There won’t be any posts during the voyage but a little report after completion of the voyage.

Wednesday, May the 03rd 2017

Barbarossa Backstay Adjuster Repair

The wheel has not been repaired yet and Matilda is still hanging in the travel lift. This is not only very disappointing but I am dangerously running out of time now.

Anyway, whist waiting I decided that I should do something to turn the bad experience into a good one. The back stay tensioner had probably never been opened before and was not providing that feeling of a reliably working device anymore. Operation was a bit tight and it was on my to-do list for a longer time.

The device is made by the Italian company Barbarossa and there was no information at all on the web as the company does not exist anymore.  When I opened it I found a seized axial bearing and a bearing washer which was dissolved in pieces. I searched the internet and found that I could replace it by SKF’s AXK2542. I decided not to remove it before I have the new one in hand. Next day, with the replacement needle roller bearing in hand, I tried to remove the old one carefully. It wouldn’t come off easily but after applying some heat and force the job was finally accomplished. Underneath the axial bearing, there was another radial bearing which wasn’t looking much better. The point of no return was reached. I had to find replacement bearings in order to get Matilda in the water when the wheel for the travel lift would finally arrive.


Amazing that the backstay tensioner was still working


With some effort, the old bearings were finally removed

To keep a long story short, these are the parts that I used to replace the old bearings and they fit quite well:

Radial bearing: SKF RNA4904 (inner ring removed)
Axial bearing: SKF AXK2542, GS81105 and AS2542 (two times).
The axial bearing needs to have a total thickness of 7mm.


The new parts are available from SKF

I heated up the housing for the radial bearing to 200°C and put the RNA4904 into the deep fridge for an hour. When I put it in, it slid down to the bottom without any force applied.

I generously applied high pressure grease and closed everything. It works again like new.

Friday, April the 28th 2017

Today is the day; Matilda is going back into the water. I had detached the struts from the radar pole and had tilted it in a horizontal position. I also had to remove the back stay in order to allow for the small travel lift to move above Matilda and lift her into the belts. Although quite old, the travel lift has been doing what it should for the last years and therefore, I was not expecting any adventures. Matilda was lifted out of the cradle and the areas where the pads had been were sanded and painted with antifouling. After some time in order to allow the antifouling to dry, the travel lift started moving and Matilda was coming closer to the water. Just 50 meters away from the shore, a big bang stopped the journey abruptly. One of the front wheels of the travel lift had burst.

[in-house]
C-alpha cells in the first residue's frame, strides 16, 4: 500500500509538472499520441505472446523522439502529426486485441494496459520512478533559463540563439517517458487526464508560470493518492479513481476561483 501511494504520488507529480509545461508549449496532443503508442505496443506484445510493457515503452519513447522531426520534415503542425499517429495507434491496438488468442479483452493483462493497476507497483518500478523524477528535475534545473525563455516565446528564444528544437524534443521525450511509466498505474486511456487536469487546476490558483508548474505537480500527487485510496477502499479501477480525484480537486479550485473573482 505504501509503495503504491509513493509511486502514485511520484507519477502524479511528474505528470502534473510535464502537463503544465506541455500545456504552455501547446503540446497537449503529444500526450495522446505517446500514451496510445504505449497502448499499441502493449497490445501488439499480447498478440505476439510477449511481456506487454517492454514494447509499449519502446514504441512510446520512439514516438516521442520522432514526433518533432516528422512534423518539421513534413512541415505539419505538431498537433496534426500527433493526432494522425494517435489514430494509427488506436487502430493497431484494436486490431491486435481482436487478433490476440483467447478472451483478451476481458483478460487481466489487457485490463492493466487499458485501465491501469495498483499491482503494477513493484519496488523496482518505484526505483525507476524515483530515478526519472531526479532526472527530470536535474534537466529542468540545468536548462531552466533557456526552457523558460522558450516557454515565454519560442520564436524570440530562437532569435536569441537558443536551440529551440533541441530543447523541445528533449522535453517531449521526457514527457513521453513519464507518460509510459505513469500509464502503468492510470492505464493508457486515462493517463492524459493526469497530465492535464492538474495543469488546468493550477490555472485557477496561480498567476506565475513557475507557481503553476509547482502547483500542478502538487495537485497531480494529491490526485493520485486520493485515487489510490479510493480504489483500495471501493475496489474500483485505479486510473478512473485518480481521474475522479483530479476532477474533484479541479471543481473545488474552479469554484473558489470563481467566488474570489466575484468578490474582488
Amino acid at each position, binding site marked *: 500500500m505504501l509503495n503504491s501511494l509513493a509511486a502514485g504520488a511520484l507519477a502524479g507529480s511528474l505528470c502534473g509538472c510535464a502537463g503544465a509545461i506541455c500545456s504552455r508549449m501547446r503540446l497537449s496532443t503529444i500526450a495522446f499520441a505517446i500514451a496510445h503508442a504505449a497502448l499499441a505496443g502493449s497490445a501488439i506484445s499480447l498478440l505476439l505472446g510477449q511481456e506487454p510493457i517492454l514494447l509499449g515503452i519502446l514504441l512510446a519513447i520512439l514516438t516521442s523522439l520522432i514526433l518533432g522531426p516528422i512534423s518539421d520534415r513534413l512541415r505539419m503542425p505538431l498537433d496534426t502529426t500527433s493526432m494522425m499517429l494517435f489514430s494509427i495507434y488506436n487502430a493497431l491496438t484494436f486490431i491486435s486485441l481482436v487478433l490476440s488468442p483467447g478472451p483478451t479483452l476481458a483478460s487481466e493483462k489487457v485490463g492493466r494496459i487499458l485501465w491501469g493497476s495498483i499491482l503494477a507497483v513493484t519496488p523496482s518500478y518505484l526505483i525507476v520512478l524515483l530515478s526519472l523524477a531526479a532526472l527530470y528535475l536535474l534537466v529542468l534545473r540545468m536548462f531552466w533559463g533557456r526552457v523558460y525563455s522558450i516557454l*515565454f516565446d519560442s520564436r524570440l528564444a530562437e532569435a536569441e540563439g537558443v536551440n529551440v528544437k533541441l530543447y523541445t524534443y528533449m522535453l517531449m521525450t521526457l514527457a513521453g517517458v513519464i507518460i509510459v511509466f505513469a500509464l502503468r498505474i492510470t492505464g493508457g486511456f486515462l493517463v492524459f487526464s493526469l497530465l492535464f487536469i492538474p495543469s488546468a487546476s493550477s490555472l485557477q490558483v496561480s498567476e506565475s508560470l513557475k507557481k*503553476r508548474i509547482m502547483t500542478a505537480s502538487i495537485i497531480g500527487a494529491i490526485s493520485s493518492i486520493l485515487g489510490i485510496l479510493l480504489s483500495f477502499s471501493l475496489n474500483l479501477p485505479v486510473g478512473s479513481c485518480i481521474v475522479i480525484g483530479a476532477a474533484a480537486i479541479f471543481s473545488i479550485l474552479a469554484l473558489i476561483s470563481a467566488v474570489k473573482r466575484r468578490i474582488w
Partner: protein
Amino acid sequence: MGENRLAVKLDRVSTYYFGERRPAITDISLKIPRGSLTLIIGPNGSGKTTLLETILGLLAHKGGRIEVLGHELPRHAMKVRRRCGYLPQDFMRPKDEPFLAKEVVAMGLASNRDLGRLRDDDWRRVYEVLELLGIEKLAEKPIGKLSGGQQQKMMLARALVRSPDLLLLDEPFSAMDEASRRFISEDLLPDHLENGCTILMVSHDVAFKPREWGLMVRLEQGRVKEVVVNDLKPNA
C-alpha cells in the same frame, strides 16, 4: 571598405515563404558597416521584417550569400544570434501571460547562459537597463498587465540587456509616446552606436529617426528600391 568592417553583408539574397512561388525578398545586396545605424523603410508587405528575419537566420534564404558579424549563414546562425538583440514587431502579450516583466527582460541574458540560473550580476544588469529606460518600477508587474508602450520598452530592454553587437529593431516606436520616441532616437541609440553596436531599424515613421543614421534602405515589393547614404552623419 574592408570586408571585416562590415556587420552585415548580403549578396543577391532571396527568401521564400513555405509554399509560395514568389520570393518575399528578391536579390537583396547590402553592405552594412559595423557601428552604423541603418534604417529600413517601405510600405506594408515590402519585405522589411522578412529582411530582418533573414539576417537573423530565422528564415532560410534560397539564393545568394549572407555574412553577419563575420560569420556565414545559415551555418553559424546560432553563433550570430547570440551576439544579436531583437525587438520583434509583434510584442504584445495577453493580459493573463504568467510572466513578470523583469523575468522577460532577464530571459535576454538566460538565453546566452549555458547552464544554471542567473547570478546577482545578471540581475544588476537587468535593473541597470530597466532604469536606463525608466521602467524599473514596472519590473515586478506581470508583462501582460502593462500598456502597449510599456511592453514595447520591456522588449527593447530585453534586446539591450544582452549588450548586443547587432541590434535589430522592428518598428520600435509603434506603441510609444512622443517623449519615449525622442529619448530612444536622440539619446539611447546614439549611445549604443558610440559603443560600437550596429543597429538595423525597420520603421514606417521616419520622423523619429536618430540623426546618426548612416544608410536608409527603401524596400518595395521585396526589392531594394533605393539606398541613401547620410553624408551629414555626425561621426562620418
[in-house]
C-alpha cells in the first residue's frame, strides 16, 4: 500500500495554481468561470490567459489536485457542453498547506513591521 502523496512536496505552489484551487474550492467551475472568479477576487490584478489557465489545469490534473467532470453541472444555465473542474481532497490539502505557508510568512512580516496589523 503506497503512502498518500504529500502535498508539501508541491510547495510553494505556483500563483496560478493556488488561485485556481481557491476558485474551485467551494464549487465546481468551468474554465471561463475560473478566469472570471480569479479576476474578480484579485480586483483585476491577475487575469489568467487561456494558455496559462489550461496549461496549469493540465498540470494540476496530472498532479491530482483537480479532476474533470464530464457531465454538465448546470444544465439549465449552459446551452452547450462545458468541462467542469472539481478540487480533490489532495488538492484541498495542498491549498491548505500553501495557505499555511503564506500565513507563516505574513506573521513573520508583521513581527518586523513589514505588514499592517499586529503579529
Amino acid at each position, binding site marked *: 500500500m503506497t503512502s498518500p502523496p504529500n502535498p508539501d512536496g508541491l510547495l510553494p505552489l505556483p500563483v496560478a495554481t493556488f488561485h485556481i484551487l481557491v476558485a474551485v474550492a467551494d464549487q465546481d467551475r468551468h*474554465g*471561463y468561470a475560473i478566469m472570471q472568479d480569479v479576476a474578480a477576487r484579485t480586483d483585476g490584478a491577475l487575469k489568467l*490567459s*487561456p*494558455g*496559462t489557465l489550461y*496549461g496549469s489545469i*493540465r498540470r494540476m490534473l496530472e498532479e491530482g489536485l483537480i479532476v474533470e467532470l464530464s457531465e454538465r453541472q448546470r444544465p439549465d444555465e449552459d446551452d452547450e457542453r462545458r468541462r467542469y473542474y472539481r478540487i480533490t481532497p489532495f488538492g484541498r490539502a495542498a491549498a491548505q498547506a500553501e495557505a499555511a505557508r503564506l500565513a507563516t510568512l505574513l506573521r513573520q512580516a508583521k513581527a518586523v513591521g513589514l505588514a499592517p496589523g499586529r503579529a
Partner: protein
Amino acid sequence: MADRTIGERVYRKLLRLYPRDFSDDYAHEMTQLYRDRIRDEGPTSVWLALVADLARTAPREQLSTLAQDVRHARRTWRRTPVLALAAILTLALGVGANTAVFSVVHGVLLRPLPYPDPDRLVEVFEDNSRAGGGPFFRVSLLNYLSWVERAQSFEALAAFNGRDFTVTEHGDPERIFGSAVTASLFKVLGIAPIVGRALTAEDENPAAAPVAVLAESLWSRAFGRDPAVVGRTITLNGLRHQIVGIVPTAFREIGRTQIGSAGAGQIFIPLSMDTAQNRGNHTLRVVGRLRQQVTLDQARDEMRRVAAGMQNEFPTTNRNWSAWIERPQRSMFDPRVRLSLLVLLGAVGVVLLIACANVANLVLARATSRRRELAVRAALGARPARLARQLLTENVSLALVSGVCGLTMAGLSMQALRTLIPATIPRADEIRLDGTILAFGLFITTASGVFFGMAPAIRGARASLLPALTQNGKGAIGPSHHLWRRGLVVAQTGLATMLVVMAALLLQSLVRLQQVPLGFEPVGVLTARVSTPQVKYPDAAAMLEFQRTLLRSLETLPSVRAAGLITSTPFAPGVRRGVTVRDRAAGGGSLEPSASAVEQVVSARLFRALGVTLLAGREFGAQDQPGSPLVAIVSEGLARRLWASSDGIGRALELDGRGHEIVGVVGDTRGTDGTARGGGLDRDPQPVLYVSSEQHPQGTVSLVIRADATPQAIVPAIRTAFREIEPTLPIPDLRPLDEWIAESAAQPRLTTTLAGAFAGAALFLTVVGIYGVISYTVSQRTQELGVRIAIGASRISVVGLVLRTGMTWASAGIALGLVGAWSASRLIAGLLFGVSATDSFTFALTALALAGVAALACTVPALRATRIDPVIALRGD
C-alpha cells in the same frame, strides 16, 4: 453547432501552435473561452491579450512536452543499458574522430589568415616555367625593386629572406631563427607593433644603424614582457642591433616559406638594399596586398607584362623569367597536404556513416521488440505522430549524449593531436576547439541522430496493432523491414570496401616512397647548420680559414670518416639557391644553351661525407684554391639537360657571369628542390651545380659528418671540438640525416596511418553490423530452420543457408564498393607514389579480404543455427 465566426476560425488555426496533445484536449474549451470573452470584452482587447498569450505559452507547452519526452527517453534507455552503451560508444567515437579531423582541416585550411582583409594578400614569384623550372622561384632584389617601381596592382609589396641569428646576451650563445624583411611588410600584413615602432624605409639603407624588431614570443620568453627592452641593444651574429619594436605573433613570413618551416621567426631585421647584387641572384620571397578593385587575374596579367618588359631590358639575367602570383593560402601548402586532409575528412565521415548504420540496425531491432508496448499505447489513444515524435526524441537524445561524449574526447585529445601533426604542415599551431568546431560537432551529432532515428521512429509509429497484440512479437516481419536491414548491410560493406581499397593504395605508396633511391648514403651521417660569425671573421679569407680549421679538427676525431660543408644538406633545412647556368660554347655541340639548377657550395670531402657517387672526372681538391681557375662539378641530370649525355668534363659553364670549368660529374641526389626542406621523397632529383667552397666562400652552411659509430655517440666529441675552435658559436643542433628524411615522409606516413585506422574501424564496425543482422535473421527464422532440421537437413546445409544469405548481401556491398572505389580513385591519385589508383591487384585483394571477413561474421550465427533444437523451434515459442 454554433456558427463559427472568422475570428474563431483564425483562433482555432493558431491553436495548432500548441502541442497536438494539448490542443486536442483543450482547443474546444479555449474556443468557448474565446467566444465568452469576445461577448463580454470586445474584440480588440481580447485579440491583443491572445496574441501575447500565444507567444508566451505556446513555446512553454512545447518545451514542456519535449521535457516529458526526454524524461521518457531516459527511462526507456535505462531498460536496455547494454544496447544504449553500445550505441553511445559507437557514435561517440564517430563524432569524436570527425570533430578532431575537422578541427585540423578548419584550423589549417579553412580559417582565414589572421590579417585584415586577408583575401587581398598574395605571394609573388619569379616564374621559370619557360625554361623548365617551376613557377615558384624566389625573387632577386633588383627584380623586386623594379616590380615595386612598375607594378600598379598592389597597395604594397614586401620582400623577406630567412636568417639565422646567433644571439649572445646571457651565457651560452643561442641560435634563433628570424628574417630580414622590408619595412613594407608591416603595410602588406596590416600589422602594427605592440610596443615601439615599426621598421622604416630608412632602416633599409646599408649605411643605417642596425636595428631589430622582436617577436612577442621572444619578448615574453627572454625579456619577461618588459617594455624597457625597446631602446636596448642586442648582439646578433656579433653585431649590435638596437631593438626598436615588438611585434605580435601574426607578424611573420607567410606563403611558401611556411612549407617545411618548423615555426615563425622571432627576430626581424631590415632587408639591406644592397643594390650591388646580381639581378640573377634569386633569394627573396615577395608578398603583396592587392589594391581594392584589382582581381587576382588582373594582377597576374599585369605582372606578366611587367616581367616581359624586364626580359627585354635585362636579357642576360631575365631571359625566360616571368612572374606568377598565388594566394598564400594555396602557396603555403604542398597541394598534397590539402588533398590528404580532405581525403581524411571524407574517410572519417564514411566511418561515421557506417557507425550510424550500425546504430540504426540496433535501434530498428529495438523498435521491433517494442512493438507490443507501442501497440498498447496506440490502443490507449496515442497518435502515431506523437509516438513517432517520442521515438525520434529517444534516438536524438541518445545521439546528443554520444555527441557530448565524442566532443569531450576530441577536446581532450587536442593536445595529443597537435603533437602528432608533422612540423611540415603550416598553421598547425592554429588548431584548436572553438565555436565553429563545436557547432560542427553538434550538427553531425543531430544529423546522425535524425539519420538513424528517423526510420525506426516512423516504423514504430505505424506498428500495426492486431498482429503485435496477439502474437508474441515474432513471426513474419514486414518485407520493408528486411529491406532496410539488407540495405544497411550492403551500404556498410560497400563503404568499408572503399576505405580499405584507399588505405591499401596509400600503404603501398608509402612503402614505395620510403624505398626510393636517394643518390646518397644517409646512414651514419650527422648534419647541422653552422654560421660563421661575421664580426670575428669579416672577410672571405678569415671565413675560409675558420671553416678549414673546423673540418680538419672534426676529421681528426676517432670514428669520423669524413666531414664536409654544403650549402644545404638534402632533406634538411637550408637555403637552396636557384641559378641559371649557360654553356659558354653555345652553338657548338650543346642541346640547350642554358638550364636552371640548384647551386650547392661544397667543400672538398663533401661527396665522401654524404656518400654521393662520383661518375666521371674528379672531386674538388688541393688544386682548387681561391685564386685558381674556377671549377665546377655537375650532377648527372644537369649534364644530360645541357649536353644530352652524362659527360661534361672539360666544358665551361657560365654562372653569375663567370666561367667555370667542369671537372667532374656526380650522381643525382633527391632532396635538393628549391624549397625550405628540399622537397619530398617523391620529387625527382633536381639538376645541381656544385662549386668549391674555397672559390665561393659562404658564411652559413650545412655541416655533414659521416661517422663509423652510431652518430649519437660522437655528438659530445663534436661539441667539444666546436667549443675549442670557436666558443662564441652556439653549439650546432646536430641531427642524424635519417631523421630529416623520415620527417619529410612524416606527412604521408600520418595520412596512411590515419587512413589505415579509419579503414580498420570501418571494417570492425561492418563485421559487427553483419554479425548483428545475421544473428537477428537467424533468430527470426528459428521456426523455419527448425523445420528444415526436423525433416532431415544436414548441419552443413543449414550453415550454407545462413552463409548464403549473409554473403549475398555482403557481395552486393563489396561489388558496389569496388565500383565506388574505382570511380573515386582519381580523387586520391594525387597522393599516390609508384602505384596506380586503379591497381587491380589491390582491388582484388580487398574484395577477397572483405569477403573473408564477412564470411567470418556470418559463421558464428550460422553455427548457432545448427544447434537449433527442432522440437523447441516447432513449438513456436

Waiting for the wheel to be repaired

Thursday, April the 27th 2017

It’s spring time and about time to get Matilda back in the water. Several antifouling layers have been removed from the bottom, some work was done at the rudder, new antifouling was applied and the propeller polished. When the old antifouling layers were removed, I noticed that the antifouling was applied directly on the gel coat without any primer in between. I was happy to see that there wasn’t any evidence of osmosis. I had measured the humidity in the hull and found that it was quite low (below 2% in most areas). The hull had time to dry out for the last 4 months on the hard of course but providing that Matilda had been in the water for almost 3 years, I was prepared to see higher values. Good girl :-)


Old antifouling layers removed


New antifouling applied and propeller polished


Ready to go

Sunday, January the 8th 2017

This winter is colder than usual in Greece.  I did the procedures I was used to in Northern Europe (I even had a couple of “antivries” bottles left over from Holland :-) ) to avoide any freeze damade and I am safe. Matilda is now covered in snow waiting for warmer days.

20170108-waiting-for-the-spring-1

20170108-waiting-for-the-spring-2

20170108-waiting-for-the-spring-3

20170108-waiting-for-the-spring-4

Saturday, January the 6th 2017